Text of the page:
I really believe creativity and inspiration are meant to be shared, so I asked you: What do you love to do for the holidays around your home?

Lynn H said:
“I like peace and quiet, and days alone at home with my beloved Brian. I like making soup in the crock pot which does not need watching. I like the strings of Christmas lights which we leave up on the windows all year, and plug in from November-March while the sun is so absent. I like "less is more" for holidays. Last year we had our (1940's silver tinsel) tree but no decorations upon it. It still bounced light around the house and made it festive. I think holidays are about celebrating relationship. About telling those I love that I love them, one more time.”

I agree! This is a time to show our love for those we love, and that includes ourselves. Loving myself has always been hard for me, but doing these small things to light up my own holiday has been en-lightening to me. Because it’s not about doing things differently, it’s about being who I am, doing what I love and sharing that spirit with those I love. And that includes all of you!

May the season lighten and enlighten you, too and I hope that you’ll feel welcome to share it here, too.

Monday, December 14, 2009

A Walk in the Park -
An occasional series

Ice Lessons

This week taking a walk in the park is freezing, literally. Early morning temperatures are in the teens and the ‘highs’ for the day are in the 20’s.

As I walk by the lake every morning, I see a new layer of ice. The ducks are crowded into smaller and smaller ponds where the ice isn’t frozen until finally, the top of the lake is completely covered in ice. While the ducks huddle as best they can, the heron stands in solitary splendor on the ice.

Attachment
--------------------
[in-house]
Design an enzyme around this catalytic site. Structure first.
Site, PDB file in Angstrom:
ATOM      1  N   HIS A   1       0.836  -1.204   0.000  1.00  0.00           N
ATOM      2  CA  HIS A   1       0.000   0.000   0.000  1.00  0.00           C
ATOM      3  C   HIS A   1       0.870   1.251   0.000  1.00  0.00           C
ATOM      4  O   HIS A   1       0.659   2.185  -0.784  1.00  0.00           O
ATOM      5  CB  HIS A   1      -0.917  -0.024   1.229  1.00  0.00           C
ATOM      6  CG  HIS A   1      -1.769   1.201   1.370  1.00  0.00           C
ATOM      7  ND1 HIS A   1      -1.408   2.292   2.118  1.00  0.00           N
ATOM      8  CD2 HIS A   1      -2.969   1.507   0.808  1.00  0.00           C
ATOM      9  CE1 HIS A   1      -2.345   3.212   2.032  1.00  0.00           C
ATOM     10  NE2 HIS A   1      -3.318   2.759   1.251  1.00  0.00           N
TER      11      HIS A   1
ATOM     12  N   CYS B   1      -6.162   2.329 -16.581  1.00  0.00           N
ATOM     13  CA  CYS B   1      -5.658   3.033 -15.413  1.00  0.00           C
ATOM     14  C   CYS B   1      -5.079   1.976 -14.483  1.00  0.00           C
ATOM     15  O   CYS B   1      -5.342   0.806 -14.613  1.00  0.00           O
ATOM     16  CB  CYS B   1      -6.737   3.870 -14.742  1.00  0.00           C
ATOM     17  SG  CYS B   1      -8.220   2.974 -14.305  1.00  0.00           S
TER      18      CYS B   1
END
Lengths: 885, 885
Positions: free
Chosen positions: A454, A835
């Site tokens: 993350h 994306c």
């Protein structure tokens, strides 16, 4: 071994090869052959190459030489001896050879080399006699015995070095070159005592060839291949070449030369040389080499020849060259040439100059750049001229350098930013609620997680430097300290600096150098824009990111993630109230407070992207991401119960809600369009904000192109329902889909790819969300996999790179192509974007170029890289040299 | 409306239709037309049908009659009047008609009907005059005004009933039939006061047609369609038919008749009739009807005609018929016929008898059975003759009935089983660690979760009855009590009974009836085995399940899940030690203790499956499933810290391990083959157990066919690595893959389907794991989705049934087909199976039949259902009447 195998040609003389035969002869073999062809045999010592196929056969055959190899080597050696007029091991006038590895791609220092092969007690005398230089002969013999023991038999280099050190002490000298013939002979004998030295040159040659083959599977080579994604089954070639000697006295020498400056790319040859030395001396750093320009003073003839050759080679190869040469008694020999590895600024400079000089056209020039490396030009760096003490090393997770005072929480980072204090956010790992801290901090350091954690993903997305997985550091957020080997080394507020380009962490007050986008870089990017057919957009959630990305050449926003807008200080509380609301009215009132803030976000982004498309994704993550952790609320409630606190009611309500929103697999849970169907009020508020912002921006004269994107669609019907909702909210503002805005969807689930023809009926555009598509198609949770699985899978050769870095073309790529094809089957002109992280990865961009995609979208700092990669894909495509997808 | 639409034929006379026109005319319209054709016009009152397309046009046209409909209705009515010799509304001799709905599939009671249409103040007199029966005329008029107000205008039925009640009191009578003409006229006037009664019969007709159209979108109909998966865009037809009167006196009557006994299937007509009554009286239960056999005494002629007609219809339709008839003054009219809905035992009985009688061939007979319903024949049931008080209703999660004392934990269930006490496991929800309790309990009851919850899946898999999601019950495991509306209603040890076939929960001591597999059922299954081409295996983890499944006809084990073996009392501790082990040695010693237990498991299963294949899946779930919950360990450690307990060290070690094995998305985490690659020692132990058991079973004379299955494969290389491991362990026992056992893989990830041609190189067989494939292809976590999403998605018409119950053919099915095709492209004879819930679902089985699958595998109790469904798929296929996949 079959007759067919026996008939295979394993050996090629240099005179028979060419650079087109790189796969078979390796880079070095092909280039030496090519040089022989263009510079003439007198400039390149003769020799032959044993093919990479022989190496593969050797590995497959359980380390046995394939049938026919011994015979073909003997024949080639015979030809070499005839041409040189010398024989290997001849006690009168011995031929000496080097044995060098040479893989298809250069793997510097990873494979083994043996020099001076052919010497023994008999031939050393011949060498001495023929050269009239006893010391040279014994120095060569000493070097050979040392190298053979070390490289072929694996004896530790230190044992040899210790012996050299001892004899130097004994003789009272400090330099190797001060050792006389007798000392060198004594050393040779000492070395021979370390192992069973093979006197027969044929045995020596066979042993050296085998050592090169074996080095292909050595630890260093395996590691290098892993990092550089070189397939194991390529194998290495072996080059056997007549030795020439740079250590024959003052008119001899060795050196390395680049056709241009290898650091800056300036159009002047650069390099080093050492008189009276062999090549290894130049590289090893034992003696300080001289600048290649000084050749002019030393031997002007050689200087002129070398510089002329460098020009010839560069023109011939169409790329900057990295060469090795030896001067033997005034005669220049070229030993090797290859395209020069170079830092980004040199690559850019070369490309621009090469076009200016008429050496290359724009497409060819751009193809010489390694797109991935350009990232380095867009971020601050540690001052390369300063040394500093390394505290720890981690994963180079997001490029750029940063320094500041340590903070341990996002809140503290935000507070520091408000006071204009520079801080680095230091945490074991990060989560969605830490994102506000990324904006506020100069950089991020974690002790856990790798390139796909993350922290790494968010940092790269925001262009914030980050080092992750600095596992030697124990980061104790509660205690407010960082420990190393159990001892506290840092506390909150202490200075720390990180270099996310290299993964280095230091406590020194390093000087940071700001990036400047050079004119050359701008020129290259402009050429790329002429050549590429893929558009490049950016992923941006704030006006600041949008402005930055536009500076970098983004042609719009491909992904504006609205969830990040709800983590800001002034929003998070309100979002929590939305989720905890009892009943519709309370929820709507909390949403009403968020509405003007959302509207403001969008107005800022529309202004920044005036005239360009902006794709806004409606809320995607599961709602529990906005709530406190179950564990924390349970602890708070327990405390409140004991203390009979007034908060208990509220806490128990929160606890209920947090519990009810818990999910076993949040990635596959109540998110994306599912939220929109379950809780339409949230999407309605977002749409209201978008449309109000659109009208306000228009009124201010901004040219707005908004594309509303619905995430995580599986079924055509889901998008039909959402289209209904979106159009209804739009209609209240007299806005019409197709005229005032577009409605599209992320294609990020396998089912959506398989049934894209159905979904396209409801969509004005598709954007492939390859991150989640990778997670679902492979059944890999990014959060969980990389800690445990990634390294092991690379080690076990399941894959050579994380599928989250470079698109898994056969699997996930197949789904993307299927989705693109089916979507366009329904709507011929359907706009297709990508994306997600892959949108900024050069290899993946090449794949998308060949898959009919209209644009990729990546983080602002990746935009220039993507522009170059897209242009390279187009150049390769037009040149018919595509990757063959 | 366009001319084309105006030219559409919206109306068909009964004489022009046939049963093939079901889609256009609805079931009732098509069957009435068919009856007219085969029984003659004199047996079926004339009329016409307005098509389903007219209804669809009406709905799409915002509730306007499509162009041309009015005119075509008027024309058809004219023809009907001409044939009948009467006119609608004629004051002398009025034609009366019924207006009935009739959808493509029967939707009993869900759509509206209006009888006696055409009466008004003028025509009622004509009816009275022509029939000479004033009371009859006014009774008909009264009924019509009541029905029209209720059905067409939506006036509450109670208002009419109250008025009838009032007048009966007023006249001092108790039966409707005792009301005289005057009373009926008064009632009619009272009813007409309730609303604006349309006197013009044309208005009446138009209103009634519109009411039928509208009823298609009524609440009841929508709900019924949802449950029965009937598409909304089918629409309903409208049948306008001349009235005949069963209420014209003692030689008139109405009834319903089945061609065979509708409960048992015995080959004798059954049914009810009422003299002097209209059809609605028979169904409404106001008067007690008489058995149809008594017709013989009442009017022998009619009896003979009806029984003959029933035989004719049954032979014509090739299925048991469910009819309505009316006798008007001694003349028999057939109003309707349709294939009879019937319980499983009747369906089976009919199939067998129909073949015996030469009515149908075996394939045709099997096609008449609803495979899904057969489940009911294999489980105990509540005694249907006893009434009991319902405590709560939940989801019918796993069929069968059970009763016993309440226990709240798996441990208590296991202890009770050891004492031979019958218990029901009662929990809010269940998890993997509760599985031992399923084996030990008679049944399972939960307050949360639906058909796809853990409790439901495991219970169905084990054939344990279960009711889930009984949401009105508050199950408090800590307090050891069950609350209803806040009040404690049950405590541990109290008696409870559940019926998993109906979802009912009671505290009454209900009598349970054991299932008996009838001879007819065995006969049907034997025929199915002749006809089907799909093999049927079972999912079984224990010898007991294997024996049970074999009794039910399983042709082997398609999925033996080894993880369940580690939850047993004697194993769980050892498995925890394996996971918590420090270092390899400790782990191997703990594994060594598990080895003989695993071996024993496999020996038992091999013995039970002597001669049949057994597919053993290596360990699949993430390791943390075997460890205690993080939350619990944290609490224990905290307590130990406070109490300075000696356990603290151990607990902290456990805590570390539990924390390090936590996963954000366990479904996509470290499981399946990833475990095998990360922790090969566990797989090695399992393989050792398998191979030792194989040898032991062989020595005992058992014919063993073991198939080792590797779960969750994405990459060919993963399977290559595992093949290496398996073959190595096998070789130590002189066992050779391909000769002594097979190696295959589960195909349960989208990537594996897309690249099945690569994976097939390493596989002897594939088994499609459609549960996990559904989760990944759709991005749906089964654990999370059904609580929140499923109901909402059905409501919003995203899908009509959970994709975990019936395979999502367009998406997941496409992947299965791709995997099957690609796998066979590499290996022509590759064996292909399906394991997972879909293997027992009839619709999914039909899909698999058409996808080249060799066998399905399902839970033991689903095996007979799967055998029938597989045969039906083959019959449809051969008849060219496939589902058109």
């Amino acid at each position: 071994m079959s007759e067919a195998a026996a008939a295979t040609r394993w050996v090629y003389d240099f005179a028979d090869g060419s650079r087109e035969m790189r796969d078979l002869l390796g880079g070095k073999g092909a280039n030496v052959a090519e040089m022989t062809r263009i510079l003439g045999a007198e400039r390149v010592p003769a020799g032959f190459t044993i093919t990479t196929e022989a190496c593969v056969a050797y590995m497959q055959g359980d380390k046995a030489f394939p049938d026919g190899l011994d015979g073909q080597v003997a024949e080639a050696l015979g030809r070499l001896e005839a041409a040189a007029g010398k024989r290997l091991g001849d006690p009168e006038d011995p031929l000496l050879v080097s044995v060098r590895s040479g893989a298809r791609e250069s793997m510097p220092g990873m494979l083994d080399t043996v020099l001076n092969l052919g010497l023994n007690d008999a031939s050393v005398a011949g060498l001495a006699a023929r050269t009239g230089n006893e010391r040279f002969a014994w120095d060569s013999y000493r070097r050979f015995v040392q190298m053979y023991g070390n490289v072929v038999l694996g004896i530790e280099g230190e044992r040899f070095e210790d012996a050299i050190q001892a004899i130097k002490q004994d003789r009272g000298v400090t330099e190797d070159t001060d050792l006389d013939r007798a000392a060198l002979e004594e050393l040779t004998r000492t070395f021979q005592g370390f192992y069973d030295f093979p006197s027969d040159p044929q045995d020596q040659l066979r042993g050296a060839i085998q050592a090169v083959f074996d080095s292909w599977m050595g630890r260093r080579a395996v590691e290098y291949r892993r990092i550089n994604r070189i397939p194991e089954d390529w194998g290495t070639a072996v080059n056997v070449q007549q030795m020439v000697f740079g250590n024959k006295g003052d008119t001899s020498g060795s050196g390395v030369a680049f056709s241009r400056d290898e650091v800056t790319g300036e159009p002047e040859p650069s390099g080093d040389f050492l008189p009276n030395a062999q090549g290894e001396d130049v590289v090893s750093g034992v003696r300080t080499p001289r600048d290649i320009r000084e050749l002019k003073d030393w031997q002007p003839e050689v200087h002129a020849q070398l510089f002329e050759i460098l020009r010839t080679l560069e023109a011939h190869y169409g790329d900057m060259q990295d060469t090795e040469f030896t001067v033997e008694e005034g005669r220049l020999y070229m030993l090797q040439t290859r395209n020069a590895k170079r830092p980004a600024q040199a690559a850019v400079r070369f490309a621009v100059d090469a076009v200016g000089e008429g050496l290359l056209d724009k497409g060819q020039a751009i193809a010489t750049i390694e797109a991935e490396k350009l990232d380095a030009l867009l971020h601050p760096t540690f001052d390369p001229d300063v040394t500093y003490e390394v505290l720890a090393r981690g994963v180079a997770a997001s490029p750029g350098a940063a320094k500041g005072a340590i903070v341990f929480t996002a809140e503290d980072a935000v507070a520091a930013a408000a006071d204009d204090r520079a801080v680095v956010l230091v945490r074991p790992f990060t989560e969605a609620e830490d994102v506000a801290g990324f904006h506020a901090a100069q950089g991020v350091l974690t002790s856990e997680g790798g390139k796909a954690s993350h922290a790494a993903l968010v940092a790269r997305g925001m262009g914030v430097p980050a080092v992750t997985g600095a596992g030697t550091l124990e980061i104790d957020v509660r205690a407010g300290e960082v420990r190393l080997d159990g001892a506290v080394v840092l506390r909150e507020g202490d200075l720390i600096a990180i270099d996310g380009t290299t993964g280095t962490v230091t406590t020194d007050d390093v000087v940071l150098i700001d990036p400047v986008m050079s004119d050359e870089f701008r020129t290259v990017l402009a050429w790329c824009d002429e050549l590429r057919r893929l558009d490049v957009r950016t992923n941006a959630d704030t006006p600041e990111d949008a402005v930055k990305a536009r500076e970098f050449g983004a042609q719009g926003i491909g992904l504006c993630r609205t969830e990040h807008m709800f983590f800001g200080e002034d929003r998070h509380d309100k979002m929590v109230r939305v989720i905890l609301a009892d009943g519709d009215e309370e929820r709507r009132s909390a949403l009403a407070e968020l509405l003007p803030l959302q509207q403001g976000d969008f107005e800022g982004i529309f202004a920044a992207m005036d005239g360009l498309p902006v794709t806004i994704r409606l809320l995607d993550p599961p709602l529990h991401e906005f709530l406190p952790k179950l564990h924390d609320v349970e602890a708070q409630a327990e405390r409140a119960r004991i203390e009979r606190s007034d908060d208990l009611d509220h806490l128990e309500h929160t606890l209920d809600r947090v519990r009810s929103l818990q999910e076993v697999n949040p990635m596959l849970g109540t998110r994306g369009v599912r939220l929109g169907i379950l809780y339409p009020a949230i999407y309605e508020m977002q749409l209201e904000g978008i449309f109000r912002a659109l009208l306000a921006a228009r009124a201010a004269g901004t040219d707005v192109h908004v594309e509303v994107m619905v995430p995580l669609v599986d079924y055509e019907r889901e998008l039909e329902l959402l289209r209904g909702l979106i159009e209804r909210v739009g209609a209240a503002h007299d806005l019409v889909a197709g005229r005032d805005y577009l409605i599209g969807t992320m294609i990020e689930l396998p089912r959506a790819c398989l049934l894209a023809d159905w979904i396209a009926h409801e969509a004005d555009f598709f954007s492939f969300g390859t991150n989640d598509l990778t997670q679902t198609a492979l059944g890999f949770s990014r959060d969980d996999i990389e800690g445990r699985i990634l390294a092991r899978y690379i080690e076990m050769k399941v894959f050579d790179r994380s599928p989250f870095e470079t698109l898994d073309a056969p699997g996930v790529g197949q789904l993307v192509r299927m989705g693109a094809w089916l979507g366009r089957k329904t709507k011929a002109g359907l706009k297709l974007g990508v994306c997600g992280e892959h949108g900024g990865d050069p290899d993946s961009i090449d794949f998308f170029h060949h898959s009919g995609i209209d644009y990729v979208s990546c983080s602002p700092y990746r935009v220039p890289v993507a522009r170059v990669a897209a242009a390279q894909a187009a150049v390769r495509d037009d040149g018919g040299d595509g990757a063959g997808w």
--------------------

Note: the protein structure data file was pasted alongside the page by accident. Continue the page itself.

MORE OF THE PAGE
When I usually spot the blue heron, I find her camouflaged by tall grasses beside the lake or perched on a grey branch near the shoreline waiting to catch the fish swimming by. This week is different. The heron stands on the ice in the middle of the lake waiting and watching. I wonder, why would she even bother? She can’t catch the fish through the ice.

Perhaps there’s a lesson here on the ice for me.

When I look out onto the icy lake, I see a barrier, like a solid floor, closed door or glass wall. I see what’s on top, the ice. I don’t see what’s underneath hidden from my view.

But maybe the heron does. And that’s why she’s standing in the middle of the lake on the ice. She sees what’s underneath the ice. She sees fish, food, possibilities and life.

Suddenly, I see it too.

I see that although the top layer of the lake is frozen. Nothing is moving. Nothing is growing. The trees are bare and appear lifeless. That’s just the surface. Below the fish are swimming. The algae are growing. The trees are very much alive even without their leaves.

At this time of year, when the sun comes out only briefly and darkness covers more of our days, it’s easy to get stuck in an icy frame of mind. Feeling cold, gray and seeing the world around me as frozen and unmoving.

But the heron showed me that below the icy, grey surface, the world is teaming with life. The world is moving and thriving. Just because I don’t see it or hear it, doesn’t mean that the things aren’t happening all around me. Things that, like the heron knows, take time to come to the surface.

What do I do in the meantime? Take my cue from the heron, walk out into the world, then wait and be ready to catch those fish when the ice melts.